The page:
7 Mistakes of Beginner-Minimalists you Must Avoid.


As minimalism is rather trendy right now, a lot of people are diving deep into it. I think it is a really good thing as I am a minimalist myself but I also think there is an enormous misconception of the whole lifestyle right now. It is over-glorified online, and that is why I would like to discuss with you seven very common mistakes I have been seeing in videos that you could make and that come directly from that glorified vision of minimalism.


Decluttering for the sake of decluttering (& regretting).


Please know that you do not have to declutter everything at once in order to have your house look just like your favorite youtuber’s house. I have done it myself and that is why I feel so legitimate giving this piece of advice. These people have been living a minimalist lifestyle for years and, above all, they are glorifying their own place for the sake of videography. Do not throw away items you think you could still love, take your time. Minimalism is all about the journey, not the destination.

Throwing away things that “do not look minimalist” (& buy new “more minimalist” things).


If you love that mug, just keep it. If minimalists seem to own only cups made out of wood and gorgeous marble surfaces, it does not mean you need to change the look of your whole entire house (and life). Minimalism is about loving your belongings and using them regularly. It is not about owning a bunch of useless things that have a minimalist look. Please note the difference between a minimalist lifestyle and minimalist-looking items (white mugs, anything made of wood, marble &c.)

Throwing away colorful clothes.


This piece of advice goes hand in hand with the previous one: do not throw away clothes you love because they have patterns on it or are “too colorful”. Minimalism is a lifestyle before it is an aesthetically pleasing house or wardrobe. If your colorful clothes bring you joy, if you feel great in red and green, do not invest in neutral colors you will actually never wear (or wear and feel bad in). Life is far too short to wear clothes you hate.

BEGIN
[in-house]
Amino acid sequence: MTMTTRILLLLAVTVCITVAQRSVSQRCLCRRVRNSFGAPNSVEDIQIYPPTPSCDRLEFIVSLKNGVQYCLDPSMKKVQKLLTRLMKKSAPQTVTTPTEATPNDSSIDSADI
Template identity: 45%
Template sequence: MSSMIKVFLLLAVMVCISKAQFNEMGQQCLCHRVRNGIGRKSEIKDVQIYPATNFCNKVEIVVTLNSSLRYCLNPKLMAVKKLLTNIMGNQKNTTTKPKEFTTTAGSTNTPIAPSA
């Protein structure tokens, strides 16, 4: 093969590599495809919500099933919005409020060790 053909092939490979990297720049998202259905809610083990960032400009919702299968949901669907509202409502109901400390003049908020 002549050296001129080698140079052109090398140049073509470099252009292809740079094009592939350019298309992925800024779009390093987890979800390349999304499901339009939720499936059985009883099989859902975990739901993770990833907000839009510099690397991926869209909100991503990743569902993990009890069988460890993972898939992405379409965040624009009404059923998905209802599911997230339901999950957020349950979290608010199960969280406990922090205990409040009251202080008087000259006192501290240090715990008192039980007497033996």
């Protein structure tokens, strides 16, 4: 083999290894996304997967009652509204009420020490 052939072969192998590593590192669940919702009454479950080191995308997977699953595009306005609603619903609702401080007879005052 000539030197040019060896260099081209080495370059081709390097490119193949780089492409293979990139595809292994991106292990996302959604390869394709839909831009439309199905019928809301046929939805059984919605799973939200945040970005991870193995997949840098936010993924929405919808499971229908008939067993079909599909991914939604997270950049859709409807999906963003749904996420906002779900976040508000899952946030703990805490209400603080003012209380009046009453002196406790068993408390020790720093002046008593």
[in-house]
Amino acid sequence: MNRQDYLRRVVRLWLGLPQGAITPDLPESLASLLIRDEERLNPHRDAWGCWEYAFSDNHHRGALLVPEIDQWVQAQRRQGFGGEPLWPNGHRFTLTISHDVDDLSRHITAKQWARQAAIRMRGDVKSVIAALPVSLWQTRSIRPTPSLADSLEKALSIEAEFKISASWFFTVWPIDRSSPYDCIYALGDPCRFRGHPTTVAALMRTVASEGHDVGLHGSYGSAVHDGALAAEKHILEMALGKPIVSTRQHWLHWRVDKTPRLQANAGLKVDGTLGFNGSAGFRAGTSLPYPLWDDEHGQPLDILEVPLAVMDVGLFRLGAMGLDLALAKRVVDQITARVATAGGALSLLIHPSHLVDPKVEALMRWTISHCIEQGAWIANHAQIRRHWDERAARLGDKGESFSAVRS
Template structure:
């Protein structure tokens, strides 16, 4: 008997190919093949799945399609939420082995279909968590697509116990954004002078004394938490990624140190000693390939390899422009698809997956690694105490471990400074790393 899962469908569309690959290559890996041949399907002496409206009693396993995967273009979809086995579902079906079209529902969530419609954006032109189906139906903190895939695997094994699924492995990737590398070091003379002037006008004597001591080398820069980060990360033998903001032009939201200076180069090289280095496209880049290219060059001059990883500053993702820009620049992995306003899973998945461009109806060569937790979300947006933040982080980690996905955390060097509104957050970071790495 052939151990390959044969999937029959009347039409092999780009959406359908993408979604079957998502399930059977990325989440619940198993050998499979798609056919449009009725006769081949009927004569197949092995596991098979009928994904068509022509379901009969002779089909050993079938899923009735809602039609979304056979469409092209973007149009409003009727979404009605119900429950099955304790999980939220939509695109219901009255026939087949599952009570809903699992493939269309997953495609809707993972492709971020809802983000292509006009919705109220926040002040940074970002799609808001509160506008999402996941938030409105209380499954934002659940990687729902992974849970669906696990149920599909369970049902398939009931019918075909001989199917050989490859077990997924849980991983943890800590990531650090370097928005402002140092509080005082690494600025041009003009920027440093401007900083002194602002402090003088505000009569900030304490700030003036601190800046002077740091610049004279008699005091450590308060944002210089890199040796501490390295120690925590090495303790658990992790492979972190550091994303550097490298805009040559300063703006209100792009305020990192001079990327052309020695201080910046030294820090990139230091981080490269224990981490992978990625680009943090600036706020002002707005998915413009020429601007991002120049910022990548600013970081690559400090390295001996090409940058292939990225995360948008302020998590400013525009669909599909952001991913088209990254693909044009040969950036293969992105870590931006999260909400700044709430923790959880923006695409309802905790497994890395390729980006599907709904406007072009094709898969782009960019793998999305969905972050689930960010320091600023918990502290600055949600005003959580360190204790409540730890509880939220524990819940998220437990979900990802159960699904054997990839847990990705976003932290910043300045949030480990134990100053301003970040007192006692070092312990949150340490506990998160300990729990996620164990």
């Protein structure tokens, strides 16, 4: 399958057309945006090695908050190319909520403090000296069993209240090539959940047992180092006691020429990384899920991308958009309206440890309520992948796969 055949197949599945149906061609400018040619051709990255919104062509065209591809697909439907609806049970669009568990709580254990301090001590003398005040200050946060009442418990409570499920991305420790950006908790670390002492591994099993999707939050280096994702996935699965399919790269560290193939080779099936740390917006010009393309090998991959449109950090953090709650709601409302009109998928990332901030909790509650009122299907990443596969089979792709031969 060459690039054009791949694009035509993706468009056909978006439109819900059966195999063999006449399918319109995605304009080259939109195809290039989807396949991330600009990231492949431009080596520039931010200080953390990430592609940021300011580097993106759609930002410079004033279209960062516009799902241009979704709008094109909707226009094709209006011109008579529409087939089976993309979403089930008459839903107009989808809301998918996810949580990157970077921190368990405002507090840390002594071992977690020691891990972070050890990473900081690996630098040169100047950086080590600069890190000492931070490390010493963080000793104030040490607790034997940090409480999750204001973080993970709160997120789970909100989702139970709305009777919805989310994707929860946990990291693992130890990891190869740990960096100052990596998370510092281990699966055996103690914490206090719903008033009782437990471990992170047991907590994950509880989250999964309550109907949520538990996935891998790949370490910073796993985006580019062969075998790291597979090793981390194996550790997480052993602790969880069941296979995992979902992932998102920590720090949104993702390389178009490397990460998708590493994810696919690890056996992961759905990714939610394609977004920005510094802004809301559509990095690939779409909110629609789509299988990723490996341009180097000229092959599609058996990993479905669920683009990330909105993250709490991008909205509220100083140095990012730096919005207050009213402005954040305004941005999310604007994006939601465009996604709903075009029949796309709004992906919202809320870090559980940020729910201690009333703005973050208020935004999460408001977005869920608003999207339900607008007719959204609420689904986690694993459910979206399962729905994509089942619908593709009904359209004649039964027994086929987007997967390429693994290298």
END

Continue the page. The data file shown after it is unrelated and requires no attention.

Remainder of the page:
Decluttering without a plan.


You just can’t declutter “head first”. You need to have a plan, to know which drawer will be decluttered first and which room needs to be decluttered before the other ones. If you try to declutter a little bit in the kitchen and a part of your wardrobe, you are just going to feel discouraged. You probably have no idea of the amount of stuff you own and trying to declutter only when you feel like it and in various rooms will probably make you very disappointed. You will never see real advances but if you say “this month, I will declutter the wardrobe and the drawers in my bedroom”, then you will see a real difference at the end of the month.

Comparing your journey to others’.


As I told you in the beginning of that post, some people have been doing that for years and others are just merely lying about the way their life actually looks (and feels) like. Just follow your own path, do not rush it and enjoy every minute of it. Minimalism should be enjoyable, not boring or disheartening.

Counting your belongings.


I discussed this topic lately in that post so if you need extra-motivation, have a look at it. Minimalism is about owning items you care about and that serve a purpose or bring you infinite joy. You just can’t count your items as you have needs that are personal and differ from other people’s needs. And that is just fine. Make sure you own items that are good for you, but the goal here is not to feel bad each and every time you want to buy something new or keep an item other minimalists’ may find useless. It is your choice, your path, not theirs.

Not telling your friends and family.


You do not tell them about your journey for them to understand (some people just can’t and that is fine, they do not have to be on the same journey to be in your life). You talk to them because you want them to stop giving you those gifts you feel so guilty throwing away. Most of your friends and family members will probably never get the point in living a minimalist life, but they can totally end up understanding that you just sincerely do not want material gifts anymore. However, you need to tell them or they will never understand that they should stop and


I hope that this list will help you avoid some of the mistakes I made myself. I also hope it will also help you see that minimalism needs to be an enjoyable journey and not a painful road to some destination.

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